Oxford street and the surrounding area completely swamped with Taxis
The cabbies’ trade association behind last month’s taxi protest in Oxford Street has vowed to ramp up its blockades of central London unless TfL acts over a damning GLA report.
The report, Future Proof, warns TfL is “woefully inadequate” as a regulator and enforcer and urged it to “get to grips with the basics”.
TfL claims it has already considered the report and is acting on its recommendations.
It comes as the United Cabbies Group announced a second day of action later this month, in which a projected 2,500 taxis will blockade the TfL head office in Victoria for 90 minutes.
The figure is based on the number the UCG claims turned up for last month’s Oxford Street protest – the numbers were disputed by TfL’s scripted front man Garret Emmersom, who tried to infer that only a tenth of that a took part. He was bought to task by the LBC presenter who said the official Police estimate on numbers backed up the Taxi drivers claim.
Len Martin, chairman of the group, told the Evening Standard:
“We’re going to keep on ramping it up. We’ve got a bigger one planned already.
“It’s just going to escalate if they don’t act on this. It’s going to grow. I don’t think they realise each time it will gain momentum.”
TfL hit back, with surface transport chief Garrett Emmerson urging the drivers to reconsider and telling the Standard: “The previous protest, on Oxford Street, achieved nothing.”
Mr Martin said thousands of cabbies will drive slowly between Windsor House – TfL’s HQ – and Victoria Station on May 26 from 2pm, effectively shutting off the area to traffic.
After the recent revelation that Sir Peter Hendy misled the GLA over the claim that TfL took legal advice from an eminent QC before issuing an operators license to controversial app Über, it’s believed that many more drivers are preparing to get involved in this next direct action.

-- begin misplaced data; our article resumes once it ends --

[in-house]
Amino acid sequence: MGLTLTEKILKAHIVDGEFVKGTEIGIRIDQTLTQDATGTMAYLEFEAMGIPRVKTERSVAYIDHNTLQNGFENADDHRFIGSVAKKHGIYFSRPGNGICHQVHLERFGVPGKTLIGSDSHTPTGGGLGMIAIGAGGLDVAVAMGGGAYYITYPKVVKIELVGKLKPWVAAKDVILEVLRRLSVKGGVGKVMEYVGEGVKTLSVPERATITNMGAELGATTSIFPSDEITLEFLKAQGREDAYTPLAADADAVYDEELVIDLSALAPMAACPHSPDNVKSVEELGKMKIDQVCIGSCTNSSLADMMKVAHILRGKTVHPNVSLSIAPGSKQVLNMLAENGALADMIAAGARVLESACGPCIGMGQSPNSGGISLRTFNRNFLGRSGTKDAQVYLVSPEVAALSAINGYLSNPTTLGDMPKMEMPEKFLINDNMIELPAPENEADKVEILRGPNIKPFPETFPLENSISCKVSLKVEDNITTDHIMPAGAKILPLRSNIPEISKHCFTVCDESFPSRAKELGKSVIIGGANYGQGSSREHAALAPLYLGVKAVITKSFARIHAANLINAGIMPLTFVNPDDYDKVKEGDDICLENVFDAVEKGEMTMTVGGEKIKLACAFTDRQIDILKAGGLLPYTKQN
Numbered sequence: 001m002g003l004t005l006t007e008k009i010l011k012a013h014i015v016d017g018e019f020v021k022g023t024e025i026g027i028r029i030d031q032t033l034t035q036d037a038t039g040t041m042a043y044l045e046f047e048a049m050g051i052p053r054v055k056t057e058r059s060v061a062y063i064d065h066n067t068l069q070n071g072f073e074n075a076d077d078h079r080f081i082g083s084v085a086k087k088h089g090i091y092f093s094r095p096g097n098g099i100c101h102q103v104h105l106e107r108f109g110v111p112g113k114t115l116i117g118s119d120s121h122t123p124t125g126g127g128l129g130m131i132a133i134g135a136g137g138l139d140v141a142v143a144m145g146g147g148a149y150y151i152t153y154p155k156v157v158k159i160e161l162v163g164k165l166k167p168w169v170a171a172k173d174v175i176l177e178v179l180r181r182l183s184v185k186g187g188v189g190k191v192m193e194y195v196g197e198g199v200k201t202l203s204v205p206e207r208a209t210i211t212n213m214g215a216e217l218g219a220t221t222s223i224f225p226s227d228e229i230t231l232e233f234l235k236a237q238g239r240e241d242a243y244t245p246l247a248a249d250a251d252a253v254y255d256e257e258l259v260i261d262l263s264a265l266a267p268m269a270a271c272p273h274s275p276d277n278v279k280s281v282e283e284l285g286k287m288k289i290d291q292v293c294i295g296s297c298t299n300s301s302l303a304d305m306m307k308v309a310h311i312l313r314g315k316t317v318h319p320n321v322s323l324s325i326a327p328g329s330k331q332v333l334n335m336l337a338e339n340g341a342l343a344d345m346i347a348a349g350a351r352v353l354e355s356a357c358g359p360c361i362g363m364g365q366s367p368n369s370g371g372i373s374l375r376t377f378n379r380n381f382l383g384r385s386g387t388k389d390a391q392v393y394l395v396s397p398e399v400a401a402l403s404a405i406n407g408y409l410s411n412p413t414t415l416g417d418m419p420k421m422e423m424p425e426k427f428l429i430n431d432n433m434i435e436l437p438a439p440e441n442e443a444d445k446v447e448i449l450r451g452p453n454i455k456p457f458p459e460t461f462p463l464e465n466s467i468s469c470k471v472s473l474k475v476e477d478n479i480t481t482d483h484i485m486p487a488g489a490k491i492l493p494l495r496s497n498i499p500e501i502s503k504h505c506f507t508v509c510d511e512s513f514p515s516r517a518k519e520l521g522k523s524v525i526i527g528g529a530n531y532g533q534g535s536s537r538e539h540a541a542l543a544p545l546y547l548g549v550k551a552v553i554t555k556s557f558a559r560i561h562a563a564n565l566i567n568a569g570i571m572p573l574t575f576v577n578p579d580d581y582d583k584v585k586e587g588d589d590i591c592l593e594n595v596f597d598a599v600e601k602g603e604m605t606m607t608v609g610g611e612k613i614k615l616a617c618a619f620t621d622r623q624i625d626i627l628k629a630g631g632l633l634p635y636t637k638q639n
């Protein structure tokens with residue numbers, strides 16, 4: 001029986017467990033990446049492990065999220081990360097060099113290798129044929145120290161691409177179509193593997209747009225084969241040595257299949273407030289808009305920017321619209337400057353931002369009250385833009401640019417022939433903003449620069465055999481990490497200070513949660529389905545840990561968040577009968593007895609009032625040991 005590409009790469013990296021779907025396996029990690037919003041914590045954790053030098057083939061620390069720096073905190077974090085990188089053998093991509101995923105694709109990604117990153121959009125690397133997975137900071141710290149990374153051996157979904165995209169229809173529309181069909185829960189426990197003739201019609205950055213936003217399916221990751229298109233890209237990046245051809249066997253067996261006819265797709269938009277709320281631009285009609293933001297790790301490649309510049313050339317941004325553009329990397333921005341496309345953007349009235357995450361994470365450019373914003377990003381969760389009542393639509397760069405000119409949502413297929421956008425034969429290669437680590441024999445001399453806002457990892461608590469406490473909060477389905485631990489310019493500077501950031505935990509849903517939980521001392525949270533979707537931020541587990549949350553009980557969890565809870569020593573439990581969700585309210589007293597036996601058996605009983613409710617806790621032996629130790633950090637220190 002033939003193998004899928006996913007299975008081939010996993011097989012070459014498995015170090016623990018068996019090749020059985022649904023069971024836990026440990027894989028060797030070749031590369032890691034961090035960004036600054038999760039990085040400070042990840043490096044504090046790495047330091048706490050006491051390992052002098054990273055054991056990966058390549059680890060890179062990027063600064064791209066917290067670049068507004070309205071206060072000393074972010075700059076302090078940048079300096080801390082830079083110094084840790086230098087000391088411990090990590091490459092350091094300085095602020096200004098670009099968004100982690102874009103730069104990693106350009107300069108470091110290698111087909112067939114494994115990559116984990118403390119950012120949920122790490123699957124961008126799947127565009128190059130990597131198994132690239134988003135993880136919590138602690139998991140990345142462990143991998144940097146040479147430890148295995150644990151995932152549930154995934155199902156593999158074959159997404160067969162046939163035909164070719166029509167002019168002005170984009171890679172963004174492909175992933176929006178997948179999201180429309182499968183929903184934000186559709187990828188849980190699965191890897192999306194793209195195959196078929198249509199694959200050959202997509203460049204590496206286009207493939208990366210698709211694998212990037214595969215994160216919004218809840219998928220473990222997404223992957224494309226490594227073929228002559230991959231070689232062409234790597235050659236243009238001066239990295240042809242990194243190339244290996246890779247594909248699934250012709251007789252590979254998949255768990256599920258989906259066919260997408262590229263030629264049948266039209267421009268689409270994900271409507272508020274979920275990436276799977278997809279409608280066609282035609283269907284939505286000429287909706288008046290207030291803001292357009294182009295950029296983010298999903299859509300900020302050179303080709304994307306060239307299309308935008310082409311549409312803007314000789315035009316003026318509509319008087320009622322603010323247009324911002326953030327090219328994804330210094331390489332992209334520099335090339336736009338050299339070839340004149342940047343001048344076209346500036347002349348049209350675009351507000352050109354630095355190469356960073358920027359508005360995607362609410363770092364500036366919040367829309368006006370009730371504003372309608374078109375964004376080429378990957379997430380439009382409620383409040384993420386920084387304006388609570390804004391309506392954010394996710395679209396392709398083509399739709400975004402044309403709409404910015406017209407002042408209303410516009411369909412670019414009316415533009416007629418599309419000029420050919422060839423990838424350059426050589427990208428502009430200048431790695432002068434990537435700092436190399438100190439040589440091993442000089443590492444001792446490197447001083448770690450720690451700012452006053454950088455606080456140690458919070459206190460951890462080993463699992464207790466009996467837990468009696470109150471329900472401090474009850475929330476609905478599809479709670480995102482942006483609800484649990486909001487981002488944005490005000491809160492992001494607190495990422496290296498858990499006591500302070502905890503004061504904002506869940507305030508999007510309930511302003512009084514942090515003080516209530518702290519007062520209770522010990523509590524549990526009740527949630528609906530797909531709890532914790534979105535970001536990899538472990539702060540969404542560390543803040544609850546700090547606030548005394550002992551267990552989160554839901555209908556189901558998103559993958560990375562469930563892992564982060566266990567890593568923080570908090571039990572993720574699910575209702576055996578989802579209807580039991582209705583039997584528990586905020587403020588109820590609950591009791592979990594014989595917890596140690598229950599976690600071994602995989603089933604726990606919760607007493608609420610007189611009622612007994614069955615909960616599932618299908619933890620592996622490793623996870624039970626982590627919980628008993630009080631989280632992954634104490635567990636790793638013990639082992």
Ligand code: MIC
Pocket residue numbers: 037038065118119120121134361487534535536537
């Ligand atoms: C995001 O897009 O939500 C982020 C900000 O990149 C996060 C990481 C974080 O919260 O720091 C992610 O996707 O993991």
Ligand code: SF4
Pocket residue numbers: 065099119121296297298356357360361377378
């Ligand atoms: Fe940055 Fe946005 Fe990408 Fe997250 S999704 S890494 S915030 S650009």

Among the taxi drivers’ gripes are:
– Unlicensed “pedicabs” carrying passengers without insurance or regulation;
– Unregulated minicab booking offices they say are “being taken over by organised crime syndicates”;
– Illegal touting by minicabs, who are only allowed to pick up people by pre-arranged appointment;
– inadequate background checks on some minicab drivers.
“Serious doubts have been expressed about whether TfL has the appetite, and capability, to oversee these industries effectively,” writes transport committee chair Caroline Pidgeon in the report’s foreword.
Last year a mass protest took place in Trafalgar Square as about 5,000 cab drivers ground traffic to a halt on a “go-slow” demo in a dispute with TfL over their regulation of Uber.
“It sounds like I’m being a troublemaker,” said Mr Martin. “I’m really not – I have to protect the 350-year-old taxi trade and I find myself in this position.
“Sir Peter Hendy and more have been hauled over the coals by the GLA for what’s called the ‘woeful performance’ of TfL as a regulator. In terms of everything they do for taxi and private hire trade, they are so inadequate.
“We’re going to highlight this GLA report. The survival of the taxi and legitimate private hire trade depends on these 19 recommendations.”